In contrast, approximately one fifth of our cohort was estimated to transfer care over 6 years of ART. The long-term outcomes of such patients are not known. The probability of being transferred out was much greater for patients initiating ART in more recent calendar periods. They may be several explanations for this. First, expansion in the availability of ART services in surrounding communities and elsewhere in South Africa has increasingly provided access for patients to be treated near their own homes. It is also likely that those enrolled in the clinic in the earlier years compared to later years had more attachment to the clinic, especially as in the earlier years clinics were small and little was known about likely outcomes. It is also possible that patients who resume work after a period of illness may wish to be transferred to other centres which are less busy, have shorter waiting times or are more conveniently located. The South African population is highly mobile and this provides a challenge to long-term care. Efficient referral and patient tracking systems are needed to facilitate uninterrupted care for such patients.
Strengths of this study include the fact that these data are from a primary care clinic within the South African public sector system. The cohort of over three thousand patients is very well characterized and has very complete prospectively recorded data on patient outcomes. This cohort has one of the longest durations of follow-up within the context of a public sector ART programmes in sub-Saharan Africa. The analysis of outcomes data by calendar period of enrolment provides critical insights into changing treatment outcomes over time.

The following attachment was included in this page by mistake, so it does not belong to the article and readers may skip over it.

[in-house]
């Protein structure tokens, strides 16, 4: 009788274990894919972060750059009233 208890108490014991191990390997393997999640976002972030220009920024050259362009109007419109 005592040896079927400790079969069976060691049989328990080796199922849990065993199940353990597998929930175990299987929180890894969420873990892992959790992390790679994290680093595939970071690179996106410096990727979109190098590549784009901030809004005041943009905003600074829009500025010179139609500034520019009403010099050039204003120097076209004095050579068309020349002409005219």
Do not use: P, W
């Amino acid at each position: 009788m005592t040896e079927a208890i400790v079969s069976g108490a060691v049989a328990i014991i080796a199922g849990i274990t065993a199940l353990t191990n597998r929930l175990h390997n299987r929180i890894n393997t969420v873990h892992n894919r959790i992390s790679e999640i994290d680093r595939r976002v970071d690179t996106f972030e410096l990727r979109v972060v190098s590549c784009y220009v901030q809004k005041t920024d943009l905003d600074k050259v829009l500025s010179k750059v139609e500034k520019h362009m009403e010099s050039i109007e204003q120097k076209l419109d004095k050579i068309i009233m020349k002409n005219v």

Limitations include the analysis of multiple endpoints, which could increase the chance of false positive findings. To minimize this bias we analysed each outcome separately. Some deaths could have remained unascertained and recorded as LTFU. However, low CD4 cell counts were not a risk factor for LTFU () and the temporal distribution of deaths and LTFU differed (), suggesting that any such overlap was insubstantial. Although escalating size of the treatment cohort is suggested as a plausible factor underlying the rising risk of LTFU and virological failure over time, a causal association has not been demonstrated and other as yet unidentified factors may be important. The subsequent outcomes of patients transferred out to other services is unknown.
In summary, this analysis of a community-based ART services shows that mortality and immunological and virological responses during the first year were not compromised during scale-up, suggesting that patient preparation for ART and initial medical care were maintained at a high standard. However, the cumulative probability of patients being LTFU or developing virological failure deteriorated over time when comparing successive calendar periods of recruitment. This may reflect a diminishing capacity over time to adequately support patients during long-term therapy as clinic size escalates.